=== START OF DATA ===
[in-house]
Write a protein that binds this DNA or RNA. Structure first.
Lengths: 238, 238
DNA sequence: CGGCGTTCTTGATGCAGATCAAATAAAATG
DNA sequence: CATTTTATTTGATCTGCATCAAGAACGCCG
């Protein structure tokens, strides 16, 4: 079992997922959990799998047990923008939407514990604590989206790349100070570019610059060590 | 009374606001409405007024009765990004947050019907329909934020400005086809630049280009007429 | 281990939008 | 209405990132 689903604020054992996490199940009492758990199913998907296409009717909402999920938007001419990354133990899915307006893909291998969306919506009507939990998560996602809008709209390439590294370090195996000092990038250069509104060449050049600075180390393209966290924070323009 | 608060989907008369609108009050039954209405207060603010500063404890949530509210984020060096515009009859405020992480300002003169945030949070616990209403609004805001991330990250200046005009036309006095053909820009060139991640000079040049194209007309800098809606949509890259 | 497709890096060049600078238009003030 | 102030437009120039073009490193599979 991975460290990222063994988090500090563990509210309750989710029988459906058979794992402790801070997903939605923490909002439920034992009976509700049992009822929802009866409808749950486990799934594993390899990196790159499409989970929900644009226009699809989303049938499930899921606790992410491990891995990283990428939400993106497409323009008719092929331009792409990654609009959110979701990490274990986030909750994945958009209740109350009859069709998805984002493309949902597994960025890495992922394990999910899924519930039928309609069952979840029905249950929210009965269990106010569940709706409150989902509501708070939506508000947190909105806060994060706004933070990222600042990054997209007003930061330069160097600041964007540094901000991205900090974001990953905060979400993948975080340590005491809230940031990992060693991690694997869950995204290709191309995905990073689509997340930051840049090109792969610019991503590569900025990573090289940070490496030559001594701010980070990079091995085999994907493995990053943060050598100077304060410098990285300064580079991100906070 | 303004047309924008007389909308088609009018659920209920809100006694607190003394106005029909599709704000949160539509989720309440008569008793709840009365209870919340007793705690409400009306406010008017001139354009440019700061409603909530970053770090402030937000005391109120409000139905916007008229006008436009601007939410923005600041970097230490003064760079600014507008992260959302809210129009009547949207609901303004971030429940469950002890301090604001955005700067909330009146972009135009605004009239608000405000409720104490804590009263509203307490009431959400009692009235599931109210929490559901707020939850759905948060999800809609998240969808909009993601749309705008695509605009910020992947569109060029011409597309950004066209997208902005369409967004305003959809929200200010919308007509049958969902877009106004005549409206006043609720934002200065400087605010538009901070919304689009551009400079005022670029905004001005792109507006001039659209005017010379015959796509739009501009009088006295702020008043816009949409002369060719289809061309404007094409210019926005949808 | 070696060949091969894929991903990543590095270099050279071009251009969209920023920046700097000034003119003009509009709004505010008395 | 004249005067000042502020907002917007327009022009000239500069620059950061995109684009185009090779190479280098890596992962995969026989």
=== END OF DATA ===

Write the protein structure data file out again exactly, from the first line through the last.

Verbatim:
[in-house]
Write a protein that binds this DNA or RNA. Structure first.
Lengths: 238, 238
DNA sequence: CGGCGTTCTTGATGCAGATCAAATAAAATG
DNA sequence: CATTTTATTTGATCTGCATCAAGAACGCCG
């Protein structure tokens, strides 16, 4: 079992997922959990799998047990923008939407514990604590989206790349100070570019610059060590 | 009374606001409405007024009765990004947050019907329909934020400005086809630049280009007429 | 281990939008 | 209405990132 689903604020054992996490199940009492758990199913998907296409009717909402999920938007001419990354133990899915307006893909291998969306919506009507939990998560996602809008709209390439590294370090195996000092990038250069509104060449050049600075180390393209966290924070323009 | 608060989907008369609108009050039954209405207060603010500063404890949530509210984020060096515009009859405020992480300002003169945030949070616990209403609004805001991330990250200046005009036309006095053909820009060139991640000079040049194209007309800098809606949509890259 | 497709890096060049600078238009003030 | 102030437009120039073009490193599979 991975460290990222063994988090500090563990509210309750989710029988459906058979794992402790801070997903939605923490909002439920034992009976509700049992009822929802009866409808749950486990799934594993390899990196790159499409989970929900644009226009699809989303049938499930899921606790992410491990891995990283990428939400993106497409323009008719092929331009792409990654609009959110979701990490274990986030909750994945958009209740109350009859069709998805984002493309949902597994960025890495992922394990999910899924519930039928309609069952979840029905249950929210009965269990106010569940709706409150989902509501708070939506508000947190909105806060994060706004933070990222600042990054997209007003930061330069160097600041964007540094901000991205900090974001990953905060979400993948975080340590005491809230940031990992060693991690694997869950995204290709191309995905990073689509997340930051840049090109792969610019991503590569900025990573090289940070490496030559001594701010980070990079091995085999994907493995990053943060050598100077304060410098990285300064580079991100906070 | 303004047309924008007389909308088609009018659920209920809100006694607190003394106005029909599709704000949160539509989720309440008569008793709840009365209870919340007793705690409400009306406010008017001139354009440019700061409603909530970053770090402030937000005391109120409000139905916007008229006008436009601007939410923005600041970097230490003064760079600014507008992260959302809210129009009547949207609901303004971030429940469950002890301090604001955005700067909330009146972009135009605004009239608000405000409720104490804590009263509203307490009431959400009692009235599931109210929490559901707020939850759905948060999800809609998240969808909009993601749309705008695509605009910020992947569109060029011409597309950004066209997208902005369409967004305003959809929200200010919308007509049958969902877009106004005549409206006043609720934002200065400087605010538009901070919304689009551009400079005022670029905004001005792109507006001039659209005017010379015959796509739009501009009088006295702020008043816009949409002369060719289809061309404007094409210019926005949808 | 070696060949091969894929991903990543590095270099050279071009251009969209920023920046700097000034003119003009509009709004505010008395 | 004249005067000042502020907002917007327009022009000239500069620059950061995109684009185009090779190479280098890596992962995969026989």